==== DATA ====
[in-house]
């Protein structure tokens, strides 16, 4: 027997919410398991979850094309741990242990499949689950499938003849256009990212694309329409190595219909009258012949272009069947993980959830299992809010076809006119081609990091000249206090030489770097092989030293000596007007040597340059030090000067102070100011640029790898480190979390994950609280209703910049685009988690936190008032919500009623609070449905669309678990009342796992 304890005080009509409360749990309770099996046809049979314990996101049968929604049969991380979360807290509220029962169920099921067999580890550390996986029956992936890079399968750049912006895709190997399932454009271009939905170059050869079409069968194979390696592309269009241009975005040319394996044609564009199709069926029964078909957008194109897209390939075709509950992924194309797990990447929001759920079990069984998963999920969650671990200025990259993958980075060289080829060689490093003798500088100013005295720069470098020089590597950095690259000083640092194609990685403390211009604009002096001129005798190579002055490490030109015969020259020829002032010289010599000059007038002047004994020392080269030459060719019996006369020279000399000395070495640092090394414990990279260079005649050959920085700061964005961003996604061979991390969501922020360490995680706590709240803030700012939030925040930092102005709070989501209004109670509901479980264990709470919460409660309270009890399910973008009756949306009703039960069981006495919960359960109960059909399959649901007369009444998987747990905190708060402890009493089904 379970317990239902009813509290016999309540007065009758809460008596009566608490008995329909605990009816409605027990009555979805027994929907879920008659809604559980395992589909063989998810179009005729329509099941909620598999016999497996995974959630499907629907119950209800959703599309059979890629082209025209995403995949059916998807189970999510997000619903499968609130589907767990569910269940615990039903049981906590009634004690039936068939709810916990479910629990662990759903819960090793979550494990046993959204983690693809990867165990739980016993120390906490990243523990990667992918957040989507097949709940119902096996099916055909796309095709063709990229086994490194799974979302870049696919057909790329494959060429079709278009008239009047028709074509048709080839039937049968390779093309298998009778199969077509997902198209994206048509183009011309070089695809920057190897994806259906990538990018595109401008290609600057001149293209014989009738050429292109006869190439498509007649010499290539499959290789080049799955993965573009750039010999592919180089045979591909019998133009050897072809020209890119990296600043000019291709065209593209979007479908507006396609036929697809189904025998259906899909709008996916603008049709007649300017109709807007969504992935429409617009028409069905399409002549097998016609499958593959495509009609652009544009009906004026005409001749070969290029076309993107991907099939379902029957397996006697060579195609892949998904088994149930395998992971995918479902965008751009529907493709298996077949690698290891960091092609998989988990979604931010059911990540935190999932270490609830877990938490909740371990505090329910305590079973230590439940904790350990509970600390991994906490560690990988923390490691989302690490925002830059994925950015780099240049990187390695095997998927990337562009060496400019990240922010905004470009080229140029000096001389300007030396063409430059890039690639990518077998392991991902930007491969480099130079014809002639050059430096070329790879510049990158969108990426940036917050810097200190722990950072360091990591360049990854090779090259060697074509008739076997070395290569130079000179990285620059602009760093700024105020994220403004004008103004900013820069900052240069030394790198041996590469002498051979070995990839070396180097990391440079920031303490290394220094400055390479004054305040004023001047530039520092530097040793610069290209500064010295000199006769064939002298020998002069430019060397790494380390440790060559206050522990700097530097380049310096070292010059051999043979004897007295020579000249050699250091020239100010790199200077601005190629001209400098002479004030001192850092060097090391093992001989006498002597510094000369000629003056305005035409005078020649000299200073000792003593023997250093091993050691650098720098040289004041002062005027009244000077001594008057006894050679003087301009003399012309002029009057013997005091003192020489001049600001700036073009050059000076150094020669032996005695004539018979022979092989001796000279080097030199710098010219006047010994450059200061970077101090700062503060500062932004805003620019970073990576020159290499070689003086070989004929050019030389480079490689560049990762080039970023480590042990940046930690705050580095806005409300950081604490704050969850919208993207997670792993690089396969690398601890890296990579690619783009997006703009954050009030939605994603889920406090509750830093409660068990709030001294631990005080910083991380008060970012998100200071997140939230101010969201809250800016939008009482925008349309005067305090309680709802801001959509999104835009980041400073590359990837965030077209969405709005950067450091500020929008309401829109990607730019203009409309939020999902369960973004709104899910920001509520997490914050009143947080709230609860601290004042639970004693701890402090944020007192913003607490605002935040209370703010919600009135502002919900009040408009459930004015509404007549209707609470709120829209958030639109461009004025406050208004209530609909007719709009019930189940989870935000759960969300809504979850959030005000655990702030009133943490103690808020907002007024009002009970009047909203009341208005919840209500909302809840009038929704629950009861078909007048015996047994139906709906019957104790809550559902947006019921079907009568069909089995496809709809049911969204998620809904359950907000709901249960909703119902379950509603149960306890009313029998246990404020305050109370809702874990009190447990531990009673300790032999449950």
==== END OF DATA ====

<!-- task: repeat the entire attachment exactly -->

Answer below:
[in-house]
């Protein structure tokens, strides 16, 4: 027997919410398991979850094309741990242990499949689950499938003849256009990212694309329409190595219909009258012949272009069947993980959830299992809010076809006119081609990091000249206090030489770097092989030293000596007007040597340059030090000067102070100011640029790898480190979390994950609280209703910049685009988690936190008032919500009623609070449905669309678990009342796992 304890005080009509409360749990309770099996046809049979314990996101049968929604049969991380979360807290509220029962169920099921067999580890550390996986029956992936890079399968750049912006895709190997399932454009271009939905170059050869079409069968194979390696592309269009241009975005040319394996044609564009199709069926029964078909957008194109897209390939075709509950992924194309797990990447929001759920079990069984998963999920969650671990200025990259993958980075060289080829060689490093003798500088100013005295720069470098020089590597950095690259000083640092194609990685403390211009604009002096001129005798190579002055490490030109015969020259020829002032010289010599000059007038002047004994020392080269030459060719019996006369020279000399000395070495640092090394414990990279260079005649050959920085700061964005961003996604061979991390969501922020360490995680706590709240803030700012939030925040930092102005709070989501209004109670509901479980264990709470919460409660309270009890399910973008009756949306009703039960069981006495919960359960109960059909399959649901007369009444998987747990905190708060402890009493089904 379970317990239902009813509290016999309540007065009758809460008596009566608490008995329909605990009816409605027990009555979805027994929907879920008659809604559980395992589909063989998810179009005729329509099941909620598999016999497996995974959630499907629907119950209800959703599309059979890629082209025209995403995949059916998807189970999510997000619903499968609130589907767990569910269940615990039903049981906590009634004690039936068939709810916990479910629990662990759903819960090793979550494990046993959204983690693809990867165990739980016993120390906490990243523990990667992918957040989507097949709940119902096996099916055909796309095709063709990229086994490194799974979302870049696919057909790329494959060429079709278009008239009047028709074509048709080839039937049968390779093309298998009778199969077509997902198209994206048509183009011309070089695809920057190897994806259906990538990018595109401008290609600057001149293209014989009738050429292109006869190439498509007649010499290539499959290789080049799955993965573009750039010999592919180089045979591909019998133009050897072809020209890119990296600043000019291709065209593209979007479908507006396609036929697809189904025998259906899909709008996916603008049709007649300017109709807007969504992935429409617009028409069905399409002549097998016609499958593959495509009609652009544009009906004026005409001749070969290029076309993107991907099939379902029957397996006697060579195609892949998904088994149930395998992971995918479902965008751009529907493709298996077949690698290891960091092609998989988990979604931010059911990540935190999932270490609830877990938490909740371990505090329910305590079973230590439940904790350990509970600390991994906490560690990988923390490691989302690490925002830059994925950015780099240049990187390695095997998927990337562009060496400019990240922010905004470009080229140029000096001389300007030396063409430059890039690639990518077998392991991902930007491969480099130079014809002639050059430096070329790879510049990158969108990426940036917050810097200190722990950072360091990591360049990854090779090259060697074509008739076997070395290569130079000179990285620059602009760093700024105020994220403004004008103004900013820069900052240069030394790198041996590469002498051979070995990839070396180097990391440079920031303490290394220094400055390479004054305040004023001047530039520092530097040793610069290209500064010295000199006769064939002298020998002069430019060397790494380390440790060559206050522990700097530097380049310096070292010059051999043979004897007295020579000249050699250091020239100010790199200077601005190629001209400098002479004030001192850092060097090391093992001989006498002597510094000369000629003056305005035409005078020649000299200073000792003593023997250093091993050691650098720098040289004041002062005027009244000077001594008057006894050679003087301009003399012309002029009057013997005091003192020489001049600001700036073009050059000076150094020669032996005695004539018979022979092989001796000279080097030199710098010219006047010994450059200061970077101090700062503060500062932004805003620019970073990576020159290499070689003086070989004929050019030389480079490689560049990762080039970023480590042990940046930690705050580095806005409300950081604490704050969850919208993207997670792993690089396969690398601890890296990579690619783009997006703009954050009030939605994603889920406090509750830093409660068990709030001294631990005080910083991380008060970012998100200071997140939230101010969201809250800016939008009482925008349309005067305090309680709802801001959509999104835009980041400073590359990837965030077209969405709005950067450091500020929008309401829109990607730019203009409309939020999902369960973004709104899910920001509520997490914050009143947080709230609860601290004042639970004693701890402090944020007192913003607490605002935040209370703010919600009135502002919900009040408009459930004015509404007549209707609470709120829209958030639109461009004025406050208004209530609909007719709009019930189940989870935000759960969300809504979850959030005000655990702030009133943490103690808020907002007024009002009970009047909203009341208005919840209500909302809840009038929704629950009861078909007048015996047994139906709906019957104790809550559902947006019921079907009568069909089995496809709809049911969204998620809904359950907000709901249960909703119902379950509603149960306890009313029998246990404020305050109370809702874990009190447990531990009673300790032999449950």